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|Public on May 21, 2015
|MCF10a human breast cancer cells
|cell type: MCF10a human breast cancer cells
|Cells were cultured in DMEM supplemented with 10% FBS.
|RNA was extracted from individual cells in individual microfluidic chambers following cell lysis by Triton X-100 and freeze-thaw.
mRNA from individual cells was reverse transcribed with a primer containing a cell-identifying barcode followed by oligo(dT). Following second strand synthesis using DNA Polymerase I and reagents from the MessageAmp II kit (Ambion), ds-cDNA from all barcoded individual cells was pre-amplified by in vitro transcription using T7 RNA polymerase in a pool. The pools of amplified RNA from each lane of the microfluidic device were individually reverse transcribed using barcoded random hexamers containing both a unique molecular identifier (random 8-base barcode) followed by a lane-identifying barcode (6-base barcode). Illumina adapters were inserted on either end of the library during the two previous reverse transcription steps and were used to then enrich the library by PCR. The pooled library was sequenced on an Illumina NextSeq 500.
|Illumina NextSeq 500
processed data file: PS034_R2_4.txt
|We collected the set of reads that uniquely mapped to the transcriptome and assigned an address comprised of its cell-identifying barcode, gene, UMI, and mapping position. We then filtered the reads to identify unique molecules. Reads with identical addresses were collapsed to a single molecule. In addition, reads with identical cell-identifying barcodes, genes, mapping positions, and with UMIs having a Hamming distance less than or equal to two were collapsed to a single molecule. Finally, because the mapping positions produced by STAR do not necessarily correspond to the beginning of a read, we further considered reads to originate from identical molecules if they had identical genes, cell-identifying barcodes, UMIs with a Hamming distance less than or equal to two, and a mapping position within five bases.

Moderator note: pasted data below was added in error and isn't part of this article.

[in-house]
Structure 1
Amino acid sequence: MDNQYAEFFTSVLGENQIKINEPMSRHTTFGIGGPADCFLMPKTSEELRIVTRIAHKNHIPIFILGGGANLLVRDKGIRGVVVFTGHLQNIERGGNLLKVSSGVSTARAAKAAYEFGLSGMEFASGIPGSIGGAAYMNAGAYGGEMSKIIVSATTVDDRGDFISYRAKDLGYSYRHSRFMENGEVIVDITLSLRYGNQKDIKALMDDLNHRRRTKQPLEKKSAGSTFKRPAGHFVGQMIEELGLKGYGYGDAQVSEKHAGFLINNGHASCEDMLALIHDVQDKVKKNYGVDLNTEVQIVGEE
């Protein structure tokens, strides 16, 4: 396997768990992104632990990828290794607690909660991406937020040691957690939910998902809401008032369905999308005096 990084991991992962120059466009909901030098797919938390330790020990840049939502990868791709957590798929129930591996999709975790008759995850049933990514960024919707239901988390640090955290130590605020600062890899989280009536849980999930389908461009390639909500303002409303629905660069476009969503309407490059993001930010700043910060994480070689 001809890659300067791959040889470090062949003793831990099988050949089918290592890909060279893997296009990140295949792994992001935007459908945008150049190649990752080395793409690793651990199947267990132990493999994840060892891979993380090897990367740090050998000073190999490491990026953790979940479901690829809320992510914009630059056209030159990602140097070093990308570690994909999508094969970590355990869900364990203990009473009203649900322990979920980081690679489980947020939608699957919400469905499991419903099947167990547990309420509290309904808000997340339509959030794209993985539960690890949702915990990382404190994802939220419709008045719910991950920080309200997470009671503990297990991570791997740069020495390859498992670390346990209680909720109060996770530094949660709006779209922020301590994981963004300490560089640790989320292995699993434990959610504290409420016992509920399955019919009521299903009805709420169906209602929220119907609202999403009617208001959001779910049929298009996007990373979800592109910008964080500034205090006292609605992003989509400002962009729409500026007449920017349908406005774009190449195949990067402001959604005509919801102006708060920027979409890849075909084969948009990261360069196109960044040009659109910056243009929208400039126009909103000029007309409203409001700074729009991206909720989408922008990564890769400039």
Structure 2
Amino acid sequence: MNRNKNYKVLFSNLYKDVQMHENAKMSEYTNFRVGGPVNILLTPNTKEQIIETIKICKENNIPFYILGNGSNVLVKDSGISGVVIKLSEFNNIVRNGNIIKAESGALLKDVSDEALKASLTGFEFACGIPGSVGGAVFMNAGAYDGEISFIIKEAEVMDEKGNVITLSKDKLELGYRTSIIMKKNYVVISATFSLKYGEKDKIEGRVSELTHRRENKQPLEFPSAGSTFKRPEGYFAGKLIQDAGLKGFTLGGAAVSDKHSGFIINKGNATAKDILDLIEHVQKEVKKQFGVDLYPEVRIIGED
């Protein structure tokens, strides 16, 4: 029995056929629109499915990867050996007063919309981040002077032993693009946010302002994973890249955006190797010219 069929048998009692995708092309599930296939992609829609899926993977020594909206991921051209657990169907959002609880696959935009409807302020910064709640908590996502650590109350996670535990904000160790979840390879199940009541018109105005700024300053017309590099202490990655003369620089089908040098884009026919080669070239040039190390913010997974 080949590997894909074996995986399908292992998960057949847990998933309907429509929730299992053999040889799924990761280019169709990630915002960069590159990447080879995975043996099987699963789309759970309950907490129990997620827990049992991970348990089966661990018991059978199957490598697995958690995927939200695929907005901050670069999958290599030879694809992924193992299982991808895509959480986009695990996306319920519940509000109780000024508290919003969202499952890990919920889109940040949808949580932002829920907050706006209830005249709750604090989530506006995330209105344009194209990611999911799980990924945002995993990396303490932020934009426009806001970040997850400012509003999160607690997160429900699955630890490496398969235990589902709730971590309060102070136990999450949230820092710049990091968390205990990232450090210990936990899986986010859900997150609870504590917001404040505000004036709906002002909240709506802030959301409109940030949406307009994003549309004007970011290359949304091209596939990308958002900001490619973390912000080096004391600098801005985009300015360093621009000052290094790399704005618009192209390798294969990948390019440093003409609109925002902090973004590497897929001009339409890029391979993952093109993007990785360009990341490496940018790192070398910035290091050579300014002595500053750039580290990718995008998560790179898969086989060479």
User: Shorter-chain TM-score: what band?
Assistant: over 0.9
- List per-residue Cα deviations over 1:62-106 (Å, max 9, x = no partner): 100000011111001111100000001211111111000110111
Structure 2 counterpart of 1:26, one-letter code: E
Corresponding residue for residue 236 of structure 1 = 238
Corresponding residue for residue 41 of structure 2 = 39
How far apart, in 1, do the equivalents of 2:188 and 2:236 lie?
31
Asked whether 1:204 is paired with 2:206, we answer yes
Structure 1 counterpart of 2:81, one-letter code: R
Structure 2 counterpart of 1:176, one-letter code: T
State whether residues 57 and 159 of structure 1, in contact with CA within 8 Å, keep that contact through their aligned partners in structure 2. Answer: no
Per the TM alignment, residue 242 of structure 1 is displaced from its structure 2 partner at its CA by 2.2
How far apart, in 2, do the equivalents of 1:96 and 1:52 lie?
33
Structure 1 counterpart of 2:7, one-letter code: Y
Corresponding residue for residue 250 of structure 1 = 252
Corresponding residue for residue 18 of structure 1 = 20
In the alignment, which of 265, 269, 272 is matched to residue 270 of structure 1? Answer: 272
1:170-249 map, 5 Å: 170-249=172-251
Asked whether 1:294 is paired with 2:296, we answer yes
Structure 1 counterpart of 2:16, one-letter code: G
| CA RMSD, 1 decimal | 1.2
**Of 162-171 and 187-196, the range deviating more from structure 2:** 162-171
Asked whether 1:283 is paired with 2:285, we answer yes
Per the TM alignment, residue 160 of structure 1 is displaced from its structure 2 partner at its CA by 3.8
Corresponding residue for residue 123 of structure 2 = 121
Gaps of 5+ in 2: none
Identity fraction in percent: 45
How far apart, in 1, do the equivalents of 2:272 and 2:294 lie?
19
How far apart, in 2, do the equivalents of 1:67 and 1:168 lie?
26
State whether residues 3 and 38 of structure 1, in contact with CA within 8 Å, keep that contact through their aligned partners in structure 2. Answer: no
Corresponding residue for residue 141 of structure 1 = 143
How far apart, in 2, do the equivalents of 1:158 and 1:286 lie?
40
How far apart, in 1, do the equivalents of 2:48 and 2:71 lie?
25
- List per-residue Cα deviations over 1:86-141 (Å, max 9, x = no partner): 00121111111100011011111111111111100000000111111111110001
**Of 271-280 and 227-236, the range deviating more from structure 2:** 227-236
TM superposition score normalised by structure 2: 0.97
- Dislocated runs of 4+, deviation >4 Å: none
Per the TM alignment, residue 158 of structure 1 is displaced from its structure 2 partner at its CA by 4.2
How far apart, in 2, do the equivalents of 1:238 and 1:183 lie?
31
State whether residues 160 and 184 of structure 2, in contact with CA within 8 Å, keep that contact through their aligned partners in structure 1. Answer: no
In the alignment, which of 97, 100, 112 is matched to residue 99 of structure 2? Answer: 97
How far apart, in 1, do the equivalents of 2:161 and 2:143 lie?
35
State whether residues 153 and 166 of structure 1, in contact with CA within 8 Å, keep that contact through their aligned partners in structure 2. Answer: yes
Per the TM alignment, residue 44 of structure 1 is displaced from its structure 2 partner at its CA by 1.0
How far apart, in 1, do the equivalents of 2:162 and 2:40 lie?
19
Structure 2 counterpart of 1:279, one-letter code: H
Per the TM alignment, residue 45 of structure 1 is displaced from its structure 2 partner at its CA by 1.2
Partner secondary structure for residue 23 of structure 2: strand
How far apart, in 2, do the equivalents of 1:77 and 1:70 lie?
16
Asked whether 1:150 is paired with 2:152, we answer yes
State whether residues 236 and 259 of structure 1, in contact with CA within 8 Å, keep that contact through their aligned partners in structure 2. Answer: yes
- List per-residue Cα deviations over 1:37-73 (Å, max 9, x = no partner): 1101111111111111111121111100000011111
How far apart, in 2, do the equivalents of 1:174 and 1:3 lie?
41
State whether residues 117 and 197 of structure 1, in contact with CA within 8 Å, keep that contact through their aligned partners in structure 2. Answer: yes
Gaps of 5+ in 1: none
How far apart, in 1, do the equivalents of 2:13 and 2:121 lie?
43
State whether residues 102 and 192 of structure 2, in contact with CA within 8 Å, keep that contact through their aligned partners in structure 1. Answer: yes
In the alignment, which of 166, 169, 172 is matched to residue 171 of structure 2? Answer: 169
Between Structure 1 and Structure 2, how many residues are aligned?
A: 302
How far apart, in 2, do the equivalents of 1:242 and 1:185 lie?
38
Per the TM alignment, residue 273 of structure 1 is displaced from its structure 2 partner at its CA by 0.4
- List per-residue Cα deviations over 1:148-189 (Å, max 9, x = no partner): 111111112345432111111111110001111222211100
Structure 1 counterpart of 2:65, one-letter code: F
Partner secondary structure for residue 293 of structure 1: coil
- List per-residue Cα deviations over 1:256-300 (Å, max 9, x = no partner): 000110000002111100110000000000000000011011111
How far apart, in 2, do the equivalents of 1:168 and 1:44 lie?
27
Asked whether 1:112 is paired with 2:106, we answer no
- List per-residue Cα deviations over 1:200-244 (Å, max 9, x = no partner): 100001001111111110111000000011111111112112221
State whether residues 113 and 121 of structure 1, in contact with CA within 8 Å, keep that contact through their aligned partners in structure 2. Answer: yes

To identify barcodes that correspond to actual individual cells in our device, we filtered the observed cell-identifying barcodes by progressively downsampling the corresponding gene profiles to the same number of total reads and assessing the number of unique molecules detected from each cell-identifying barcode. After excluding cell-identifying barcodes having zero associated molecules, we found the distribution of associated unique molecules to be bimodal, with one small subpopulation having nearly as many unique molecules as reads at low read totals. We found the size of this subpopulation to be in excellent agreement with our device imaging data. We took these 598 profiles to represent the actual individual cells captured in our device with a barcoded bead.
We conducted more detailed analysis on 370 single-cell profiles with the highest coverage in our data set across all five lanes of the microfluidic device. Raw fastq data from read 2 of those 370 cells is provided here. Note that the UMI for each read appears in the comment line of each fastq entry.
The processed data files contain the number of molecules counted for each gene based on counting reads with HTSeq and filtering the UMIs to identify unique molecules. If two UMIs had a Hamming distance less than three, they were considered to be the same UMI. If two reads with identical UMIs mapped to the transcriptome to within 6 bases of each other, they were considered identical molecules.
Supplementary_files_format_and_content: The processed data files contain the number of molecules counted for each gene based on counting reads with HTSeq and filtering the UMIs to identify unique molecules.
|Feb 27, 2015
|Last update date
|May 15, 2019
|Peter A Sims
|3960 Broadway, Lasker 203AC
|Scalable Microfluidics for Single Cell RNA Printing and Sequencing